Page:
Bentonite and barrel leaks
A small amount of bentonite can be directly added to any wine and used to seal small leaks in a barrel that was previously dry-stored or has a more leakage- prone, e.g. fortified, wine in it.
Questions about bentonite
application Should I use sodium or calcium bentonite?
It doesn’t really matter, as long as the enologist performs an ethanol titration or one of the arbitrary heat stability bench tests on each wine and determines the smallest effective dose to satisfy the test.
Bentonite clay is the most widely used fining agent against heat-instable grape proteins in white wines. In red wines from Vitis vinifera, the inherent tannins usually denature these proteins enough to cause precipitation during aging. However, anthocyanin-rich but tannin-deficient red European-American varieties, as well as blush/rosé wines and red viniferas from very cool climates, should be tested for protein- stability.
There are two different forms of bentonites commercially available: sodium-rich ones and calcium-rich ones. Suppliers of sodium bentonites argue that this form has a protein fining capacity twice as high as its calcium cousin. Suppliers of calcium bentonites argue that their form swells less in water, and it creates fewer lees and a smaller loss of wine when racking.
Excess additions of sodium to wine are undesirable, as sodium consumption may contribute to high blood pressure and heart disease. For the same reason, the use of sodium metabisulfite for sulfur dioxide additions or sodium bicarbonate (baking soda) for deacidification purposes is not permitted by the U.S. Tax and Trade Bureau (CFR Title 27 Part 24 § 24.246 Materials authorized for the treatment of wine and juice). The quantities added to wine by a heavy bentonite treatment can double the amount of sodium naturally present in grape juice (10 to 20 mg/L), but even then wine is still considered a “very low sodium” beverage.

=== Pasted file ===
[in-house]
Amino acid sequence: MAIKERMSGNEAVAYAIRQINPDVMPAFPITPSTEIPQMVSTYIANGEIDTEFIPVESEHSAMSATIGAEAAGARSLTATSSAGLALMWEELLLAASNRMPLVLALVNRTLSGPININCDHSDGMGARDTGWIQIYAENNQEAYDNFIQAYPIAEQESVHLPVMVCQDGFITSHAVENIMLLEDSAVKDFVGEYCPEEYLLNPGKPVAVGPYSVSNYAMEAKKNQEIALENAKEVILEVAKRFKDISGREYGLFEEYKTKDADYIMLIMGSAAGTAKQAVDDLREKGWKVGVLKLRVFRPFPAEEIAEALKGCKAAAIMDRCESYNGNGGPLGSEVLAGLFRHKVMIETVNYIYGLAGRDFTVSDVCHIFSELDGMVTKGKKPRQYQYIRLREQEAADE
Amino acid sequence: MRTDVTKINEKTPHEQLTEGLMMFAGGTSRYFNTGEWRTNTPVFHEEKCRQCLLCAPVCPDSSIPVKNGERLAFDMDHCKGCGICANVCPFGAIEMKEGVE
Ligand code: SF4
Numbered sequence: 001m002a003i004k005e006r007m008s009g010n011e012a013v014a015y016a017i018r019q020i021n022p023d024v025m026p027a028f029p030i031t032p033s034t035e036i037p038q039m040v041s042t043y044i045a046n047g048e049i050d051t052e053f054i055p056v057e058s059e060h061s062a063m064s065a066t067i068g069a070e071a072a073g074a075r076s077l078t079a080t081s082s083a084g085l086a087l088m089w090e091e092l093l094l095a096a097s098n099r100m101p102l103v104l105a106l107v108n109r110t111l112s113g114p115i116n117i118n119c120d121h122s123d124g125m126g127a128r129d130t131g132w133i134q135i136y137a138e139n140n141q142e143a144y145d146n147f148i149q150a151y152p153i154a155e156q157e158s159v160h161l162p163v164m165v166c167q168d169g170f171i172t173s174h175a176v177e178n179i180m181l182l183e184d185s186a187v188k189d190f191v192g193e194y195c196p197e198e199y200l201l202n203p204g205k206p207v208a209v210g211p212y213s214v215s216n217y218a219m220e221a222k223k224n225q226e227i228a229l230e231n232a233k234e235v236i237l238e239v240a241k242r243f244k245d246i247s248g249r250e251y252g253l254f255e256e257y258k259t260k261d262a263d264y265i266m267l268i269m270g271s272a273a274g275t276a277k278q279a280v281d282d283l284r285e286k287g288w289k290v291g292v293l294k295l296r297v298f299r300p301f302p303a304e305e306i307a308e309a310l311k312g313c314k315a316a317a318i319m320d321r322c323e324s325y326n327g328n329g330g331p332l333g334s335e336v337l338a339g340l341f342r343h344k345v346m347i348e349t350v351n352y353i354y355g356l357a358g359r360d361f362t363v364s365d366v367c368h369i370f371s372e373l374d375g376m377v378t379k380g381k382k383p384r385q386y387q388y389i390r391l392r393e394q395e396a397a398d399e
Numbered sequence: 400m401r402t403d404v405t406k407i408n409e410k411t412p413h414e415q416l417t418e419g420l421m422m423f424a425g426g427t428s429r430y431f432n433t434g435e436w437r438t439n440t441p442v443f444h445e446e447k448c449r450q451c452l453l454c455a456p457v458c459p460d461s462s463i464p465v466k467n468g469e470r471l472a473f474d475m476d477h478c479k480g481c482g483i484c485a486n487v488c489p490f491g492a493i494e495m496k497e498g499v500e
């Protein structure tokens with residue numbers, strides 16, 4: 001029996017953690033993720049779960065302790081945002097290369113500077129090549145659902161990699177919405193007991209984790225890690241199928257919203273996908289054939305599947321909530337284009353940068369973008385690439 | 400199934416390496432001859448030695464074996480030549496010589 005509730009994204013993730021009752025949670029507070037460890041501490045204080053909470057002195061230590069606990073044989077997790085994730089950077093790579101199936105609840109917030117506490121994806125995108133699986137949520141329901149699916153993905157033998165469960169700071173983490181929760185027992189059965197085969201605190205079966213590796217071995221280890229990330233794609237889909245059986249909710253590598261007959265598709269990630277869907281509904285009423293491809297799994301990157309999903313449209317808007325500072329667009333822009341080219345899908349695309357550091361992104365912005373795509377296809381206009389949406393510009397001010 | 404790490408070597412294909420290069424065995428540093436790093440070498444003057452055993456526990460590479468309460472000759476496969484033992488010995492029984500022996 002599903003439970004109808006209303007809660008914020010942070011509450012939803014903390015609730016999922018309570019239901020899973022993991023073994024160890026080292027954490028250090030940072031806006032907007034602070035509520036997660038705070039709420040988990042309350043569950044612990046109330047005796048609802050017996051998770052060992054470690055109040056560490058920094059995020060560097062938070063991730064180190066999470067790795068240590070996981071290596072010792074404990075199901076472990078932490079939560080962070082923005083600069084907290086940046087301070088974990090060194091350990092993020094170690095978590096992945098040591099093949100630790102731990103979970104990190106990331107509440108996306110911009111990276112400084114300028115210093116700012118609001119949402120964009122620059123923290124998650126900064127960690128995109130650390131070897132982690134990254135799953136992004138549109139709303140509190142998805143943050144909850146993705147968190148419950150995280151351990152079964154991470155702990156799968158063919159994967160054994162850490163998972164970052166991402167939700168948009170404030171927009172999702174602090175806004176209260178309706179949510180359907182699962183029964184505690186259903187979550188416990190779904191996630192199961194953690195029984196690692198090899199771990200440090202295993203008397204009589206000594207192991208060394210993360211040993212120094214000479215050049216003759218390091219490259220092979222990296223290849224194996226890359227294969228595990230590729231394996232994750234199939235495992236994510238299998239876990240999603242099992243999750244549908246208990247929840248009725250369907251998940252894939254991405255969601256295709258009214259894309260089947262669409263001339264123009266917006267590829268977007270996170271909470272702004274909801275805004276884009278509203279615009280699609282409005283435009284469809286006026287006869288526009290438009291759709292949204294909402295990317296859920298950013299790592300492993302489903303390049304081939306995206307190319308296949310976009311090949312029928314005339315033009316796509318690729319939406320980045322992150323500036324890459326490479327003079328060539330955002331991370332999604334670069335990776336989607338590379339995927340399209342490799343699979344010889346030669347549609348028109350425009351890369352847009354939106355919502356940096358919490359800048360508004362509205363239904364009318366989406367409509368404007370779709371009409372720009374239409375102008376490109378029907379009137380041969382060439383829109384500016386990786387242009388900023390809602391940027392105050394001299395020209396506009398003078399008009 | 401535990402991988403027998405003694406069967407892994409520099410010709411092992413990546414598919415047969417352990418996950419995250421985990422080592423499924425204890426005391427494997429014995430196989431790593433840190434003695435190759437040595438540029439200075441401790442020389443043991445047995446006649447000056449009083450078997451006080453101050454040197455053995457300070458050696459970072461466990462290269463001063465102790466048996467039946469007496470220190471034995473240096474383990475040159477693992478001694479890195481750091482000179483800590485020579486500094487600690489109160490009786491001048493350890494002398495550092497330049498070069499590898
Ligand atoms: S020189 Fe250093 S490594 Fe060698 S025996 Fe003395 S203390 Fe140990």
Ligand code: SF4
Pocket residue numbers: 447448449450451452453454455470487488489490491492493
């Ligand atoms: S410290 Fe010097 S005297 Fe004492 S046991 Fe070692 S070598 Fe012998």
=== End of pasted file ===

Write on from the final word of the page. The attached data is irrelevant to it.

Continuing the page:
On the other hand, excess release of calcium into a wine from bentonite via exchange with grape proteins may increase the risk of calcium tartrate instability.
For example, an addition of 1,920 mg/L (16 lbs/1,000 gal) calcium bentonite — equivalent to 960 mg/L (8 lbs/1,000 gal) sodium bentonite — to a batch of protein-rich Gewürztraminer would result in an additional potential for 114 mg/L calcium tartrate. Since calcium tartrate does not respond as readily to cold stabilization as potassium bitatrate, this may mean the difference between a stable wine and a wine throwing a glass-like precipitate that may worry consumers.
Should I rehydrate my bentonite in water or in wine?
Water. Bentonite, independent of type, should be rehydrated with clean, chlorine-free hot (140°F, 60°C) water. It must be added under immediate, vigorous mixing to the water (not the other way around) and allowed to swell for at least four hours. The lump-free slurry shouldn’t sit longer than overnight, as this may encourage microbial growth. A maximum of 16.7 L of water may be used to dissolve each kilogram of bentonite (2 gallons of water per pound). Note that the total amount of water introduced from all processing sources during the winemaking should not exceed 1 percent of the wine. For bench trials in the winery lab, a mixing ratio of water to bentonite of 16 to 1 (60 g per 1 L) results in an easily pipettable 6 percent w/v slurry (Table 1).
Table 1: Bentonite (6%) slurry additions for bench trials
Rehydrating with wine doesn’t allow the bentonite to fully swell, thereby reducing its fining capacity. In addition, it is a waste of wine that cannot be recovered.
However, if one would use 6 percent slurry at additions above 60 g/hl (5 lbs/1,000 gal), the amount of water added to the wine exceeds 1 percent. Thus in practice, bentonite is typically dissolved at ratios of about 8 to 1 (1 kg bentonite per 8 L of water; 1 lb/gal) which allows for bentonite additions of up to 120 g/hl
Fining with Bentonite